Man Constructs Titanic-Inspired Dream Home, Making Waves in the Architecture World

Man Constructs Titanic-Inspired Dream Home, Making Waves in the Architecture World

 A farmer in India’s West Bengal state has been working on an unusual-looking house modeled after the famous RMS Titanic ship that sank after colliding with an iceberg.

Mintu Roy, a man from Bengal’s Darjeeling district, has been dreaming of living in a house shaped like the Titanic since he was a small child growing up in Kolkata. One year, during the Durga Puja festival, he was so impressed with a Titanic-shaped pandal – a temporary structure built to venerate gods during Hindu religious celebrations – that he decided to one day build his own house to resemble the iconic passenger liner. Today, at age 52, Roy still hasn’t given up on his dream and he is working hard to finish his already impressive Titanic house in Darjeeling.

“Most of my childhood was spent in Kolkata, around the Bowbazar area,” Mintu Roy told Indian reporters visiting his home. “The time of Durga Puja is one of my fondest memories. I watched people flocking to pandals even days after the puja ended. It was one such pandal that set the spark to make a memorable home for me and my family.”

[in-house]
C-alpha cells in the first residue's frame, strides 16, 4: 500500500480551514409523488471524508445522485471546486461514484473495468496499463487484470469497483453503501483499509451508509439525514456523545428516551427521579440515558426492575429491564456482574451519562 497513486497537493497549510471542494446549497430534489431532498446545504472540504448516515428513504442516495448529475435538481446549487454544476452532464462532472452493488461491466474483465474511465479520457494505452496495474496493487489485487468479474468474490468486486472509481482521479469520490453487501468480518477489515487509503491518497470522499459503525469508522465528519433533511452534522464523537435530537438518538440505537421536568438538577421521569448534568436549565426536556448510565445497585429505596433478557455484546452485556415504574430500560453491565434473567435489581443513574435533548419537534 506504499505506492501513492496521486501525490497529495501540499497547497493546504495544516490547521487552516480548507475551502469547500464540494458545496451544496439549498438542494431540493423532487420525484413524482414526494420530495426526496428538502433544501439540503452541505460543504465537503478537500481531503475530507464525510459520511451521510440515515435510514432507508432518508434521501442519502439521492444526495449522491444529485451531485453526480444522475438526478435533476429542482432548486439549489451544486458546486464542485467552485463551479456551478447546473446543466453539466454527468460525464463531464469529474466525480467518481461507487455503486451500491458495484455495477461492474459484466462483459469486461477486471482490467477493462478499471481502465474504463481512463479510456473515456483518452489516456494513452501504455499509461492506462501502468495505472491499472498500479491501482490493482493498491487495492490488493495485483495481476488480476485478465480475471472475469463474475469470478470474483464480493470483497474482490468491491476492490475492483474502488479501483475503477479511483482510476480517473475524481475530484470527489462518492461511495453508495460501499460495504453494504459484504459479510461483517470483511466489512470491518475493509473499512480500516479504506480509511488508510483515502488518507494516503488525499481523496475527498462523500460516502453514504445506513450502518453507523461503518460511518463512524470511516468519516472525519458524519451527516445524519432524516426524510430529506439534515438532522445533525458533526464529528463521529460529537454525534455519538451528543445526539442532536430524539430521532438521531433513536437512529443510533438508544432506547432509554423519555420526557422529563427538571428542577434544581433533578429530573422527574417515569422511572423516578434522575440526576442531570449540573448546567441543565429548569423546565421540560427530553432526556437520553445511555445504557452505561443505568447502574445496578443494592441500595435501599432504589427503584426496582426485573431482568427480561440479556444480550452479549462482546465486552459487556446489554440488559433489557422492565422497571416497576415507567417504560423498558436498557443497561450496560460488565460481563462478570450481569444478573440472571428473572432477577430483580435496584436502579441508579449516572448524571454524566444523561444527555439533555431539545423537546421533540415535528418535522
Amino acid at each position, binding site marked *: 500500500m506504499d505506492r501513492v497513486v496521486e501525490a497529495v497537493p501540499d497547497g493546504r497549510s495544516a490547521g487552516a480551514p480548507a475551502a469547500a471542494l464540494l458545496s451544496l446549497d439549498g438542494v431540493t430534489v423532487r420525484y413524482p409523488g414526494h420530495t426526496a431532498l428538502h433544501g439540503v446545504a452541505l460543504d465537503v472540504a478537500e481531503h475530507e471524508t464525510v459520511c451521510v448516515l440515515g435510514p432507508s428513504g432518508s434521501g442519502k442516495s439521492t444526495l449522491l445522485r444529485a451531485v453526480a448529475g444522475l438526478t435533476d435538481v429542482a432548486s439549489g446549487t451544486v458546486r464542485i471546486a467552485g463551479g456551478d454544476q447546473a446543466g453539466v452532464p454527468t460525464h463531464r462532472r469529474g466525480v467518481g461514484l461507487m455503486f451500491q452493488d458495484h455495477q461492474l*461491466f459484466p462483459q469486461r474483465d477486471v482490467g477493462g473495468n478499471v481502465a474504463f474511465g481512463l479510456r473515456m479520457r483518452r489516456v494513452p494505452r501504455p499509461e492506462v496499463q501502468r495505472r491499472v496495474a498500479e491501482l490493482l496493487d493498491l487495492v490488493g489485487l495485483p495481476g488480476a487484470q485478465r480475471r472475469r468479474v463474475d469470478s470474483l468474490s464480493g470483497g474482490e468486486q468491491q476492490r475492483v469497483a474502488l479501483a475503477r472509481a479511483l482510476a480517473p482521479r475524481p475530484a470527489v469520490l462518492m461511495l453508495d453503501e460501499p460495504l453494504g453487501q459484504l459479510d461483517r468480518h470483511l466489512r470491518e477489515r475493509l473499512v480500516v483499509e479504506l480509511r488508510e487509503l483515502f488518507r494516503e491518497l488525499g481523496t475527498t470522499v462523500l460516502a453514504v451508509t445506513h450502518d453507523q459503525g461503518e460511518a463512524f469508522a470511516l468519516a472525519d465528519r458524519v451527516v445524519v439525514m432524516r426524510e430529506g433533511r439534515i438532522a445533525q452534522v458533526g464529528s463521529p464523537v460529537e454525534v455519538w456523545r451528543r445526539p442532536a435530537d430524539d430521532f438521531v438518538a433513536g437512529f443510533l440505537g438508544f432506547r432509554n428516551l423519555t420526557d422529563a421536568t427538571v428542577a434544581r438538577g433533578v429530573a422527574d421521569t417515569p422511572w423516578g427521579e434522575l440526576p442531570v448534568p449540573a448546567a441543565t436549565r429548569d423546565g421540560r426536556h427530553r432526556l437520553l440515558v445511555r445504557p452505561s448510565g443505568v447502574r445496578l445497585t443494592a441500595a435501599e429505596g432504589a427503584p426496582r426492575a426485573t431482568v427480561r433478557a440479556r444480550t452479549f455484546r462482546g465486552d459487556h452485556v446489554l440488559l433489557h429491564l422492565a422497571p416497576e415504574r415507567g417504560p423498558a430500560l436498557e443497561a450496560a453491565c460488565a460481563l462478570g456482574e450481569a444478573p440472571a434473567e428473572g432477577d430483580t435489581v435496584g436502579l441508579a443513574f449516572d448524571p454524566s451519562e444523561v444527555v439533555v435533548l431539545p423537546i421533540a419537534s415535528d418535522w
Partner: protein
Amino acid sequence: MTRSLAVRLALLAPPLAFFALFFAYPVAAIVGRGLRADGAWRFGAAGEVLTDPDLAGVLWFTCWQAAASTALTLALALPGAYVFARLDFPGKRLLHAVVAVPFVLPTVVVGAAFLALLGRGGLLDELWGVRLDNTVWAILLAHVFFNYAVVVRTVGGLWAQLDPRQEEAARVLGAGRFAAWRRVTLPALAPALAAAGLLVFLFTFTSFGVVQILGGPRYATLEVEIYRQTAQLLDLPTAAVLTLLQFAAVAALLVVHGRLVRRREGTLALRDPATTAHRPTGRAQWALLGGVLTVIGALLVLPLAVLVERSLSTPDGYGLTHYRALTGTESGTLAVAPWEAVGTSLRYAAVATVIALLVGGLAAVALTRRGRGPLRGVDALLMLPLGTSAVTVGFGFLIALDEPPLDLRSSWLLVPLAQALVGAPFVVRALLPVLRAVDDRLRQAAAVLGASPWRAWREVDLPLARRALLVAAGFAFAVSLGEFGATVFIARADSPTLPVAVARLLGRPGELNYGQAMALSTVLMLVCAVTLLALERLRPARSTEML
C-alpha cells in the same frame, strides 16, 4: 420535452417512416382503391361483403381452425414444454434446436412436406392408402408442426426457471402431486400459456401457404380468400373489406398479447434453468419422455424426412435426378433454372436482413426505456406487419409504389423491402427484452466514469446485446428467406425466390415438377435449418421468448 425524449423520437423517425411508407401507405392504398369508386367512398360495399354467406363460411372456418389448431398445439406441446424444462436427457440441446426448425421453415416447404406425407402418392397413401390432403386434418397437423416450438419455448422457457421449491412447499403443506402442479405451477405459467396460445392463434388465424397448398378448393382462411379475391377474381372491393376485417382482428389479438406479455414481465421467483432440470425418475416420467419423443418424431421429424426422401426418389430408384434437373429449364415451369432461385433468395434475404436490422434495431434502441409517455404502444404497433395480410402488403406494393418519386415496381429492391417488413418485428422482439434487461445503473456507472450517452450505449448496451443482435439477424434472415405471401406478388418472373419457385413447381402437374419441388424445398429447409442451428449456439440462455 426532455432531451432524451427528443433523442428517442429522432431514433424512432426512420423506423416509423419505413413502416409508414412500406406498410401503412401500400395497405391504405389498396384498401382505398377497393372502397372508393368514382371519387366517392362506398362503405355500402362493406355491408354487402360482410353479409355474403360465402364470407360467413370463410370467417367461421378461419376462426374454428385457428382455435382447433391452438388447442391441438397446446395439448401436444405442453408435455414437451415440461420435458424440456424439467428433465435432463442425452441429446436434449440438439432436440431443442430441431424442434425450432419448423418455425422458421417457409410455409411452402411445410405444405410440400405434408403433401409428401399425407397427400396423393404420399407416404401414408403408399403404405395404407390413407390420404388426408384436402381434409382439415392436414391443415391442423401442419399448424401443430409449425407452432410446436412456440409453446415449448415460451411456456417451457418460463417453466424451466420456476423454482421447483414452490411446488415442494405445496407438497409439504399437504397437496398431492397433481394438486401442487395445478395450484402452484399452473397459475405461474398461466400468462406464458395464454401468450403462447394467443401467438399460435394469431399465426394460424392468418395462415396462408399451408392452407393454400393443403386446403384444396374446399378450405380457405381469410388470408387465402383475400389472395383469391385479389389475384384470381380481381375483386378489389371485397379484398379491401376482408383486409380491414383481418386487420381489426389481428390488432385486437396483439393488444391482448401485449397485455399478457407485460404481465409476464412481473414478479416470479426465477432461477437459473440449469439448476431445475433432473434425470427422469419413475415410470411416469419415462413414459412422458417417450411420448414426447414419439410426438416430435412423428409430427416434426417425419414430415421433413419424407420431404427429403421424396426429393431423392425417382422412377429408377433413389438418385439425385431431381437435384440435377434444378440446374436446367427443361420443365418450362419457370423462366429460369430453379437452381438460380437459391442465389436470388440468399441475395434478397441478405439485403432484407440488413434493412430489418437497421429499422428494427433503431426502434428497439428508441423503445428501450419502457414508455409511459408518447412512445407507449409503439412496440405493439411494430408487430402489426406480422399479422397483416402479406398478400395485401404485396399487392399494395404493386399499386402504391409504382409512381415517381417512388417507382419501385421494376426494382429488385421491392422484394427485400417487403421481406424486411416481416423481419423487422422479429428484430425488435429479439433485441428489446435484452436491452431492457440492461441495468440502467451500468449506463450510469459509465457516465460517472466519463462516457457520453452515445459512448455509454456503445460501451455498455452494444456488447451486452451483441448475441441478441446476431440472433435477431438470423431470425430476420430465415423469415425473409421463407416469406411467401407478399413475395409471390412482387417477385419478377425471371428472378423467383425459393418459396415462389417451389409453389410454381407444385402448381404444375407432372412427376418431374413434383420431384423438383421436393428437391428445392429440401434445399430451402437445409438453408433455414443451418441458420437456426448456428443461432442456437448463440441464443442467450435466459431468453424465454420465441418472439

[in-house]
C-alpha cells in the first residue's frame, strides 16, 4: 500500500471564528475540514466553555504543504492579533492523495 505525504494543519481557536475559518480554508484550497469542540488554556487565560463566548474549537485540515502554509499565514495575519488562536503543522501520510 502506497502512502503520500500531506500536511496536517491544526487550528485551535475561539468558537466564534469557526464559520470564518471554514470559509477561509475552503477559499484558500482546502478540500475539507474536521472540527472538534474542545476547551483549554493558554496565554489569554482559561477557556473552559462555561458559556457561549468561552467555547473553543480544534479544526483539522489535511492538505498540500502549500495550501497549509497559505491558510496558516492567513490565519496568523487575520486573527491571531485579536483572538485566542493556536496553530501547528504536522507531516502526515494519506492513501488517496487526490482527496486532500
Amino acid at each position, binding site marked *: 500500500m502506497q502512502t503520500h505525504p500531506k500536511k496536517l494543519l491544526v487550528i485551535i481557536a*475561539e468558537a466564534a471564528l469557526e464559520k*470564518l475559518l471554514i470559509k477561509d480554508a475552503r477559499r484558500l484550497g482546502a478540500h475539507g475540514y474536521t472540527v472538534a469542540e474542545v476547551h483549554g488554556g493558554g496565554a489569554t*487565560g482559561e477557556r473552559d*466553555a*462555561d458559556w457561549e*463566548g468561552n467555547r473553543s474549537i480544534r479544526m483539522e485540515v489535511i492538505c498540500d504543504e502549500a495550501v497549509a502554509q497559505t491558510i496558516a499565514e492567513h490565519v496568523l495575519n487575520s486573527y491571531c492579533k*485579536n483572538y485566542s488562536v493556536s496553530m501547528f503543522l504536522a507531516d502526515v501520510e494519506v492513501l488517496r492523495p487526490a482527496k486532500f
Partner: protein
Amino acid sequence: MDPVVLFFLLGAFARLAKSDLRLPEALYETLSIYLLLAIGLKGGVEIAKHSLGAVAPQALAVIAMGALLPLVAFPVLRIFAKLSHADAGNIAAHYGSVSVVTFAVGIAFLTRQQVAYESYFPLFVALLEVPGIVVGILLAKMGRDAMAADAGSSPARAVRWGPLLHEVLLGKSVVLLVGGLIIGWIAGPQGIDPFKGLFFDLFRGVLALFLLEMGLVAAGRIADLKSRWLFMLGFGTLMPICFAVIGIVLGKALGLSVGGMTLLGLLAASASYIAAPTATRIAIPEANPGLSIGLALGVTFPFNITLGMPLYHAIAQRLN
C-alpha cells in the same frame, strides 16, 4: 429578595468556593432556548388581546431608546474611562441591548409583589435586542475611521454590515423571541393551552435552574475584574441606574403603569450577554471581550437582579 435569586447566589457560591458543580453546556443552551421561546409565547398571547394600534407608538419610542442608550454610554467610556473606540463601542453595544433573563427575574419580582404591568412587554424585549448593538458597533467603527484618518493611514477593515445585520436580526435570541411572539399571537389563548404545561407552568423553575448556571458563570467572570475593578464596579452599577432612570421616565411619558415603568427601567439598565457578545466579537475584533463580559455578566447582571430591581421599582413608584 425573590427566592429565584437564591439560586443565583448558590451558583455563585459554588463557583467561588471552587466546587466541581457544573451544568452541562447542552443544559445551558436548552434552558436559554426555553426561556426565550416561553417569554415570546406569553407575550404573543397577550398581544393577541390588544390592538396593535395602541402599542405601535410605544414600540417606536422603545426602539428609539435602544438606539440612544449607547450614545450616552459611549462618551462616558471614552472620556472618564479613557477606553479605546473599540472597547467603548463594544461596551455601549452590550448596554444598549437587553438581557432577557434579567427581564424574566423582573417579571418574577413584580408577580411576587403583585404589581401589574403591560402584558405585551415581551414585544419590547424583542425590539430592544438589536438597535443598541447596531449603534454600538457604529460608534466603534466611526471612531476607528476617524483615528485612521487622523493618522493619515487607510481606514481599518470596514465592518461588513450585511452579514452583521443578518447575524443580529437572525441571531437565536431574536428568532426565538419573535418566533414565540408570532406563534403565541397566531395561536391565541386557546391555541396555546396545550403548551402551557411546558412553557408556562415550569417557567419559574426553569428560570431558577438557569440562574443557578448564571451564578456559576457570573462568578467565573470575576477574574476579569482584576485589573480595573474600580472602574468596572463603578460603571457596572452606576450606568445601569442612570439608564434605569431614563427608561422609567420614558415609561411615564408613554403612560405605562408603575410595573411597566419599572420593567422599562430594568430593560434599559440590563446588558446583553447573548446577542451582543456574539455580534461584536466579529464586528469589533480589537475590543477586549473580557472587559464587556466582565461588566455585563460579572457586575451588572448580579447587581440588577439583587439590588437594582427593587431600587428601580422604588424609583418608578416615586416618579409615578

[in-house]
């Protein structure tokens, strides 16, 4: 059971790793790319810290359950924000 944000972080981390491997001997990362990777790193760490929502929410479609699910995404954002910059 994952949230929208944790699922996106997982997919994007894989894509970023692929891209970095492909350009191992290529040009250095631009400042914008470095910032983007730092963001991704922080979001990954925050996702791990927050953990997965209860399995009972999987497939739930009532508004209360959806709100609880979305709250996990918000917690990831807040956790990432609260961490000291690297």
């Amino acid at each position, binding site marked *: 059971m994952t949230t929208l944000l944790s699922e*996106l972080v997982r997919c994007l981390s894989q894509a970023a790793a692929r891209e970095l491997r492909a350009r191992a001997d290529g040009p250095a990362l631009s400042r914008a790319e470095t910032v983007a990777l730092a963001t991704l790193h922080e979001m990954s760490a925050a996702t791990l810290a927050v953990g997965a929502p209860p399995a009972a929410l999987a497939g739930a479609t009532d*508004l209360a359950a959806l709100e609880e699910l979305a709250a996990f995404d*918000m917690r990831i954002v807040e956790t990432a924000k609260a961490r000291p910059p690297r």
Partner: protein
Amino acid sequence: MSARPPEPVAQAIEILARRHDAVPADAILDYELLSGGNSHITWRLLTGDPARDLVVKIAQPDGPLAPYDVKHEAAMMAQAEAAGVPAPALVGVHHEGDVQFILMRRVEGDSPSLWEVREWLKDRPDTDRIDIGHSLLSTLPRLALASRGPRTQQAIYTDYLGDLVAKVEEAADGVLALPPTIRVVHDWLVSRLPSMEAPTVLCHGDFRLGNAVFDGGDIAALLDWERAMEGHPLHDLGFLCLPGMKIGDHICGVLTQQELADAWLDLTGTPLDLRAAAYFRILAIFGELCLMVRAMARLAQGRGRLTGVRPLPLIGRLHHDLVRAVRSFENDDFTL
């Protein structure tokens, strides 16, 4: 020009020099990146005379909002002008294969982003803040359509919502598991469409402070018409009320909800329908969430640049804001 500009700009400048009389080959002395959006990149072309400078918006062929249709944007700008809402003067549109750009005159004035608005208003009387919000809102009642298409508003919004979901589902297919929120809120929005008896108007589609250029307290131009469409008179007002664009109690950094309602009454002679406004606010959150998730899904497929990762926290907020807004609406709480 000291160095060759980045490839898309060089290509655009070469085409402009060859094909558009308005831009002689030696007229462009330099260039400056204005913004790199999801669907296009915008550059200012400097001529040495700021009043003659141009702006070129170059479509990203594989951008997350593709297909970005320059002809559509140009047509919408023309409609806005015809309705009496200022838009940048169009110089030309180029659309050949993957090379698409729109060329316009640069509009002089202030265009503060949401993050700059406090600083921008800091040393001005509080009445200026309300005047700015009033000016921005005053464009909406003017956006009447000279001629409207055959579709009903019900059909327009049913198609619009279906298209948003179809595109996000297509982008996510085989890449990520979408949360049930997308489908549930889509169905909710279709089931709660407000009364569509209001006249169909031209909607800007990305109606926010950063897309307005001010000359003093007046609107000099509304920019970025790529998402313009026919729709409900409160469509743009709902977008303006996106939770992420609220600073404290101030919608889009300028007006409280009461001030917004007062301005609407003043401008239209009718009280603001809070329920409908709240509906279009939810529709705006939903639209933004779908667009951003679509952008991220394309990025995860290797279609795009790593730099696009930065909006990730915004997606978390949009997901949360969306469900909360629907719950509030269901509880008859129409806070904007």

After moving to various parts of India in search of employment and a better life, Roy settled in West Bengal and began making plans to begin the construction of his dream house. But finding someone to help him build a Titanic-shaped house proved easier said than done. Most construction engineers didn’t believe in his vision and those who did requested more money than the farmer had to pay. So he ultimately decided to design and build it himself.

After going to Nepal for three years to study masonry, Mintu Roy started working on his unique 3-storey house. He has been at it for 13 years now, because he lacked the funds to complete it sooner, but he hopes to one day live inside it with his family.

“Though we have not kept the record of how much money has been spent so far, I guess it should not be less than ₹15 lakhs ($182,000),” Mintu’s wife, Iti, said. “We were very poor and after the birth of my daughter, we started hiring land on lease from others and started cultivating vegetables.”

The Titanic fan hopes to finish the house in the next to years and hopefully open a small restaurant or tea shop on the top floor, as an extra source of income. Even in its current unfinished state, the 39-foot-long, 13-foot-wide, and 30-foot-high house has become a major tourist attraction in the area, with reporters coming by regularly to snap photos and interview Mintu about it.

The 52-year-old farmer wants to make the Titanic as impressive on the inside as it is on the outside by installing a grand staircase as well as intricate woodwork, a main deck, and a special control room.

“This is my husband’s dream, so it is mine and the children’s. We all want to help him accomplish that,” Mintu Roy’s supportive wife said.

“It makes us happy when people even from far-flung places visit our neighborhood and click photos of the building. Journalists have been regularly visiting the family and enquiring over the phone. I also want to help my father financially to realize his dream come true,” Mintu’s son, Kiran, added.

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